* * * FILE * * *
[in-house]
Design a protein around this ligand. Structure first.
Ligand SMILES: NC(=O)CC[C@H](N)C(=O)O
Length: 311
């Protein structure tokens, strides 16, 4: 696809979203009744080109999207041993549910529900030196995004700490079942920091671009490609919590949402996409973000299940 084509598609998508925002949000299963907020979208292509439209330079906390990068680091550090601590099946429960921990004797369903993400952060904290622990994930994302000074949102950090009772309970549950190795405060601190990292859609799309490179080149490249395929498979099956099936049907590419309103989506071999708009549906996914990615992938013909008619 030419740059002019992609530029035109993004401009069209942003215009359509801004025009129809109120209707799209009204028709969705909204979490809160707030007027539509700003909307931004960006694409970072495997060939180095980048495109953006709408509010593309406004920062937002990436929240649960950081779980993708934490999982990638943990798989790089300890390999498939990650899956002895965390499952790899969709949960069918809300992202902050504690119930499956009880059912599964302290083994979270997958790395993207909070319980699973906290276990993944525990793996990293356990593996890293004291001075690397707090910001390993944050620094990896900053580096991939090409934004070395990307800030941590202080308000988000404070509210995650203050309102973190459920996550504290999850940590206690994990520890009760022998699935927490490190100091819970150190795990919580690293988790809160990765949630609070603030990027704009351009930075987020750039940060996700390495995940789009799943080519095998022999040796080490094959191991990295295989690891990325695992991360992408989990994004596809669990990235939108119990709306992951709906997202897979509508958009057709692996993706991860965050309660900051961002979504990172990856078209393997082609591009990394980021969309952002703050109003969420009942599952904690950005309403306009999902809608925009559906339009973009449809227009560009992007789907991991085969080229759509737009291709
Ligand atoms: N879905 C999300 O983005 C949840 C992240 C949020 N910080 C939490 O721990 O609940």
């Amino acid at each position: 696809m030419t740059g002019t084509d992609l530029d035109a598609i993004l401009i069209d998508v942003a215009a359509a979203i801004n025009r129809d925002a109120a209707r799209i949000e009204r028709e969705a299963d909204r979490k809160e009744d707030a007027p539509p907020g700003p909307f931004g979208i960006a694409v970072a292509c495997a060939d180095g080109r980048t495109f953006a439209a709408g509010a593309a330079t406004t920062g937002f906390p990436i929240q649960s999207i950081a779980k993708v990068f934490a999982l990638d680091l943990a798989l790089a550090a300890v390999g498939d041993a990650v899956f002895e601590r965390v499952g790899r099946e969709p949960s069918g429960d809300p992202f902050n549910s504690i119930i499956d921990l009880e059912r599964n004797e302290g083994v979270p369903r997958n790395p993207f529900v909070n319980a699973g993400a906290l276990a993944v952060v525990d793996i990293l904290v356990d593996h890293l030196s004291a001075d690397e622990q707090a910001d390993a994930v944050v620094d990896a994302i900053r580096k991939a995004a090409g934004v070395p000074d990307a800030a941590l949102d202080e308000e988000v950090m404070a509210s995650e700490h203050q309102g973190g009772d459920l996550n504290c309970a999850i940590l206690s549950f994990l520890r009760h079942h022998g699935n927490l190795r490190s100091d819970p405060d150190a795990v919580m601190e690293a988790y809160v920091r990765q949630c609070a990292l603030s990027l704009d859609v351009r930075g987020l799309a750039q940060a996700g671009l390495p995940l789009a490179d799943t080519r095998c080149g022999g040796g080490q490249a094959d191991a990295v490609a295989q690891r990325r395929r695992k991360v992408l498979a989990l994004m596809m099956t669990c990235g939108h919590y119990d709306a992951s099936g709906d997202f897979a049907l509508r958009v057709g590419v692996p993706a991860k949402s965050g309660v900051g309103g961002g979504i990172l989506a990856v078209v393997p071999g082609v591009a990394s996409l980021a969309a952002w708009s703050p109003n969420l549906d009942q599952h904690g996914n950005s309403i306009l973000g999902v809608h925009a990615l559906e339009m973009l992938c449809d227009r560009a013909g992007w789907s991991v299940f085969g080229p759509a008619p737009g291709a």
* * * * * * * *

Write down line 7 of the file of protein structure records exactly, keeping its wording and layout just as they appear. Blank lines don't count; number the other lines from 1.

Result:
């Amino acid at each position: 696809m030419t740059g002019t084509d992609l530029d035109a598609i993004l401009i069209d998508v942003a215009a359509a979203i801004n025009r129809d925002a109120a209707r799209i949000e009204r028709e969705a299963d909204r979490k809160e009744d707030a007027p539509p907020g700003p909307f931004g979208i960006a694409v970072a292509c495997a060939d180095g080109r980048t495109f953006a439209a709408g509010a593309a330079t406004t920062g937002f906390p990436i929240q649960s999207i950081a779980k993708v990068f934490a999982l990638d680091l943990a798989l790089a550090a300890v390999g498939d041993a990650v899956f002895e601590r965390v499952g790899r099946e969709p949960s069918g429960d809300p992202f902050n549910s504690i119930i499956d921990l009880e059912r599964n004797e302290g083994v979270p369903r997958n790395p993207f529900v909070n319980a699973g993400a906290l276990a993944v952060v525990d793996i990293l904290v356990d593996h890293l030196s004291a001075d690397e622990q707090a910001d390993a994930v944050v620094d990896a994302i900053r580096k991939a995004a090409g934004v070395p000074d990307a800030a941590l949102d202080e308000e988000v950090m404070a509210s995650e700490h203050q309102g973190g009772d459920l996550n504290c309970a999850i940590l206690s549950f994990l520890r009760h079942h022998g699935n927490l190795r490190s100091d819970p405060d150190a795990v919580m601190e690293a988790y809160v920091r990765q949630c609070a990292l603030s990027l704009d859609v351009r930075g987020l799309a750039q940060a996700g671009l390495p995940l789009a490179d799943t080519r095998c080149g022999g040796g080490q490249a094959d191991a990295v490609a295989q690891r990325r395929r695992k991360v992408l498979a989990l994004m596809m099956t669990c990235g939108h919590y119990d709306a992951s099936g709906d997202f897979a049907l509508r958009v057709g590419v692996p993706a991860k949402s965050g309660v900051g309103g961002g979504i990172l989506a990856v078209v393997p071999g082609v591009a990394s996409l980021a969309a952002w708009s703050p109003n969420l549906d009942q599952h904690g996914n950005s309403i306009l973000g999902v809608h925009a990615l559906e339009m973009l992938c449809d227009r560009a013909g992007w789907s991991v299940f085969g080229p759509a008619p737009g291709a």